In December 2020 the European Commission published a proposal to repeal the current NIS Directive (European Directive on Network and Information Systems) and to replace it with a new Directive: the so-called NIS-2 Directive. This post will give an update on the status of negotiations of NIS-2, and will outline the aspects we already know and don’t know about the upcoming Directive’s final form.
NIS Focus Group – 3 March 2020 – Operationalizing the NIS Directive: a transport sector case study
4 March 2020 – Cyber Security Coalition
The Network and Information Security Directive requires ‘operators of essential services’ (OES) to take measures to insure the availability of those services. The FPS Mobility and Transportation explained about the legal and regulatory framework of NIS in Belgium, for subsectors as aviation, navigation, rail and road, as well as the tasks of the FPS itself (identifying services and OES, providing advice, monitoring sectors). The authorities also determine which standard(s) the operators must comply with.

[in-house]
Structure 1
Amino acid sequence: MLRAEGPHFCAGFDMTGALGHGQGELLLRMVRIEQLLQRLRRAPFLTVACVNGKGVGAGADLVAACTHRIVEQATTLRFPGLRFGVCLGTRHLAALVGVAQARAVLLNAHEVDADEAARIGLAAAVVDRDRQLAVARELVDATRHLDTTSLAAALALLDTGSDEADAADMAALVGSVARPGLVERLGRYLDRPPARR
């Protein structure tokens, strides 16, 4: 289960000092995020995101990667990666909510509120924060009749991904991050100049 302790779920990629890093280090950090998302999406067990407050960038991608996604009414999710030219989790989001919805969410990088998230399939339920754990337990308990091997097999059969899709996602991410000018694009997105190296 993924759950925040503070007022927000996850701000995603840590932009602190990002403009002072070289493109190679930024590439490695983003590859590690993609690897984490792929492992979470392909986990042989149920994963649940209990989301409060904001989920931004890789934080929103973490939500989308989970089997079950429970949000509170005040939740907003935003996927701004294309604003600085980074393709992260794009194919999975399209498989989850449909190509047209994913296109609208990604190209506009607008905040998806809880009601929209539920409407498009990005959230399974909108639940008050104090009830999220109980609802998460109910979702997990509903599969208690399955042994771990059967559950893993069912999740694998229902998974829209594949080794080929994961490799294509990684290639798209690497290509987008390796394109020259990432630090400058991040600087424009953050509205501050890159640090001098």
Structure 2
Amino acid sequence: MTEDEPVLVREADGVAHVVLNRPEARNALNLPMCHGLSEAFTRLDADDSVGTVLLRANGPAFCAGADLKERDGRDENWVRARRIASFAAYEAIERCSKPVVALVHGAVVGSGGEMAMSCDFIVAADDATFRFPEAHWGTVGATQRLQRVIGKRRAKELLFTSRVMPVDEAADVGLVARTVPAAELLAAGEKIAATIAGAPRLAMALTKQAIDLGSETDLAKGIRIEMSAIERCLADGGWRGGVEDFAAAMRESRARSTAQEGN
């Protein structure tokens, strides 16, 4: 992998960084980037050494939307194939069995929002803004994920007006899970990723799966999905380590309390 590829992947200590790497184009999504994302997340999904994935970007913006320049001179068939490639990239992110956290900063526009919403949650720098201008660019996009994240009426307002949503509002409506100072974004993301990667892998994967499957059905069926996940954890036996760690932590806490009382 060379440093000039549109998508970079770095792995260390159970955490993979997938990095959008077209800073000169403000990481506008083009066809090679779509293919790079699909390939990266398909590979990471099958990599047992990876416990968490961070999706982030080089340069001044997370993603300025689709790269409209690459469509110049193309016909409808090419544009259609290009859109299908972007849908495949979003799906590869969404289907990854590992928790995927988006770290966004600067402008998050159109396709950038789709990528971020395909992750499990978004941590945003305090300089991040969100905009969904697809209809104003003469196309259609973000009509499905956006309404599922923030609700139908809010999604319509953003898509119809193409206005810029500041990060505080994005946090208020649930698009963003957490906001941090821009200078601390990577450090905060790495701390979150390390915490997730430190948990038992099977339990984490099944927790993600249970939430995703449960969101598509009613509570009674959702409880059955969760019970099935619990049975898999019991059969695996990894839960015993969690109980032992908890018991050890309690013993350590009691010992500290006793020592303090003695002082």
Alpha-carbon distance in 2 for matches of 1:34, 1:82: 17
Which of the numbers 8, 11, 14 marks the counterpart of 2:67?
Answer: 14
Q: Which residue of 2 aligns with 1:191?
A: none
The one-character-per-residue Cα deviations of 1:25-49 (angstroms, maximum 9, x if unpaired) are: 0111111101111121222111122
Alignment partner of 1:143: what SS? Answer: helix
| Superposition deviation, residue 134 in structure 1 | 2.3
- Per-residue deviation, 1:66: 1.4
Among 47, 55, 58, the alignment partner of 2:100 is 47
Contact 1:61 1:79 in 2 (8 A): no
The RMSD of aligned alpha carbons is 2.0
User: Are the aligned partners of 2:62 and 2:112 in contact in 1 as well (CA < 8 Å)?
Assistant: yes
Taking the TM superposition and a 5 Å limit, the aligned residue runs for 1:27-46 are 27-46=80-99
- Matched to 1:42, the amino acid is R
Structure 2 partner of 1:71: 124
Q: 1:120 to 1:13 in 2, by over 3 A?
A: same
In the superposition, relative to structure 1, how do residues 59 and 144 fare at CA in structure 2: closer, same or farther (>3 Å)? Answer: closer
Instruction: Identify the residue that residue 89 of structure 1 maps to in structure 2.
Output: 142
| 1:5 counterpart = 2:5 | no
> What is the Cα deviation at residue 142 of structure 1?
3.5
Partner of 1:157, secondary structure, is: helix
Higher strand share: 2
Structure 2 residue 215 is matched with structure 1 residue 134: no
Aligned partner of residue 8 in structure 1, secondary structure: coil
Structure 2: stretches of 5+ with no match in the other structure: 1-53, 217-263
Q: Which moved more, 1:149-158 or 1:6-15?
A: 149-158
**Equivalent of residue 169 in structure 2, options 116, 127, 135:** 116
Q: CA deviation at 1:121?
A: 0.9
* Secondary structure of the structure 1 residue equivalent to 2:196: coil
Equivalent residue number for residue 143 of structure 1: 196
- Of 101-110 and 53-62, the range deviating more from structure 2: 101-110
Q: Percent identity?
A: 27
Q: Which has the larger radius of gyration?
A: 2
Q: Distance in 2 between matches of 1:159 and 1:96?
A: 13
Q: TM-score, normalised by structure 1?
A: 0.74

Presentations by key transport actors (NMBS/ SNCB, Infrabel, Eurocontrol among them) discussed concrete efforts made by them, with active input from attendees through questions and answers. The Centre for Cyber Security Belgium announced a platform for incident notification and a FAQ list (to come). Clearly there is an urgent need for more operational technology experts with cyber security expertise (as proposed by HOWEST), more sectorial cyber security guidelines, more ‘information sharing and analysis centers’, as well as better use of available tools (e.g. from ENISA). A particular challenge will be finding experts capable of auditing transport systems, consisting of extremely customized mixes of modern and legacy systems, with proprietary protocols and strict operating conditions.
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